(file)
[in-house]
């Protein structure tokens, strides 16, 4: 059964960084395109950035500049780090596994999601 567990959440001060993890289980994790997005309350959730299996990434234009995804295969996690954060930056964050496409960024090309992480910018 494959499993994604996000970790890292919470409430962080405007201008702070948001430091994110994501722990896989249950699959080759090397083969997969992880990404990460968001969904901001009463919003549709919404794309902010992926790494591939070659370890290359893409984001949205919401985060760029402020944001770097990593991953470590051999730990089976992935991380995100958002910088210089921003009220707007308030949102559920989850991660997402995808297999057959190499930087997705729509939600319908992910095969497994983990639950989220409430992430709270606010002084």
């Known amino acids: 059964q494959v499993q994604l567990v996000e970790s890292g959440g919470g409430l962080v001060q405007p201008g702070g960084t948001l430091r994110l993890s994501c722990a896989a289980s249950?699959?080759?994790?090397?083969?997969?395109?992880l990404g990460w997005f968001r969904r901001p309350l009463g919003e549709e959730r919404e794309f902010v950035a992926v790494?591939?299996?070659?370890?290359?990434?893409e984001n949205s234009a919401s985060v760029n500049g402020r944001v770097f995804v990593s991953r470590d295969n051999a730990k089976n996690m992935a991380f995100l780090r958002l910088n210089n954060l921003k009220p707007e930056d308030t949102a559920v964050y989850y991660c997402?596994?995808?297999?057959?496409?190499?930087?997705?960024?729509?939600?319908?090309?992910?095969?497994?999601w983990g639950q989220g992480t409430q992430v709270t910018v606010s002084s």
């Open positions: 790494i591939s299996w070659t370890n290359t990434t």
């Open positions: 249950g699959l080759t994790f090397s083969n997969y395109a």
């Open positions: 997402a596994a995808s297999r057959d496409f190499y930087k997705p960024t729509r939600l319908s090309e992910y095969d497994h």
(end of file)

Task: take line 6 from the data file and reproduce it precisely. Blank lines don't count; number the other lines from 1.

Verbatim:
């Open positions: 997402a596994a995808s297999r057959d496409f190499y930087k997705p960024t729509r939600l319908s090309e992910y095969d497994h």